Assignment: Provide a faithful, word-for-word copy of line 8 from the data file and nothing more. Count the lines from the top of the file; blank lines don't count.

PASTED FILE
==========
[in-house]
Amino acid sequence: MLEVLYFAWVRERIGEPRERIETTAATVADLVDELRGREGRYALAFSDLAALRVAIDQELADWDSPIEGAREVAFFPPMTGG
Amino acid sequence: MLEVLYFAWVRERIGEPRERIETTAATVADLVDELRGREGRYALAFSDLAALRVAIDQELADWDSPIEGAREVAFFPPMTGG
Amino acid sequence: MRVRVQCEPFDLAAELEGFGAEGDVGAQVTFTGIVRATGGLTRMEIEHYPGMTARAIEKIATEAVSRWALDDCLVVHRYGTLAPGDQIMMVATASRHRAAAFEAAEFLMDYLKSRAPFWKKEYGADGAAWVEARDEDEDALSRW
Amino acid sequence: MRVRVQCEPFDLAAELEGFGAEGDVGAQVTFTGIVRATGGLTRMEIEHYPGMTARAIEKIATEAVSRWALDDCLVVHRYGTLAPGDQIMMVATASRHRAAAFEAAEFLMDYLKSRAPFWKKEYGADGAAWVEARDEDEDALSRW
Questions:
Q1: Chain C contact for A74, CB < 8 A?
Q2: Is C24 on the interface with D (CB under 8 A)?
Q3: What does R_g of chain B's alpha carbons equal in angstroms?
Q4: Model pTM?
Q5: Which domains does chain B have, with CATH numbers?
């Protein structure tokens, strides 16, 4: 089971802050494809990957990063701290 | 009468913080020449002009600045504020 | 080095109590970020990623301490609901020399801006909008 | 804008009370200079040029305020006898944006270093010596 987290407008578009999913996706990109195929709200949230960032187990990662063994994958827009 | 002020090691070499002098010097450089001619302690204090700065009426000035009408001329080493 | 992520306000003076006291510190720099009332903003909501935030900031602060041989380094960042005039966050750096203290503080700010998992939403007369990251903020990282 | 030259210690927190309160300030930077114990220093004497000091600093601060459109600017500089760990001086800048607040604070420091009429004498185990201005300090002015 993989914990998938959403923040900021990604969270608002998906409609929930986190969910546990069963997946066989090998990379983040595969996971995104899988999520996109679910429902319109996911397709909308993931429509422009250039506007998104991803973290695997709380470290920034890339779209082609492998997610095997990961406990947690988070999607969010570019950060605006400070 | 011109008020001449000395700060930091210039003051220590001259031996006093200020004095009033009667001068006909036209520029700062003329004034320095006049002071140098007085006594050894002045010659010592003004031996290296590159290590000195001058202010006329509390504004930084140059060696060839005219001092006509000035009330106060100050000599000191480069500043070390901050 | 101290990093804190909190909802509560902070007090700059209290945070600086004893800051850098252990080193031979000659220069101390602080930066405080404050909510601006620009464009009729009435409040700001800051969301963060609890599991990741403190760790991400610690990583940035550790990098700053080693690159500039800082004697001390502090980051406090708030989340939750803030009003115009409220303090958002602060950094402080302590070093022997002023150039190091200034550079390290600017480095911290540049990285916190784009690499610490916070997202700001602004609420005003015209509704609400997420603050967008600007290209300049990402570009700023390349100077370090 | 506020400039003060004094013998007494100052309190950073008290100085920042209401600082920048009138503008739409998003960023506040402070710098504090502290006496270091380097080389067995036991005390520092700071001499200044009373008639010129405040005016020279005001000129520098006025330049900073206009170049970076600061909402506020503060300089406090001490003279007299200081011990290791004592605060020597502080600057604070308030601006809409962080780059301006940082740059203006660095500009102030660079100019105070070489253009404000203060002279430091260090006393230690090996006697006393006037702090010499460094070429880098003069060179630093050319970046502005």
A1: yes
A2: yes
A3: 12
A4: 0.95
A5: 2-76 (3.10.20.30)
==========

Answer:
Q2: Is C24 on the interface with D (CB under 8 A)?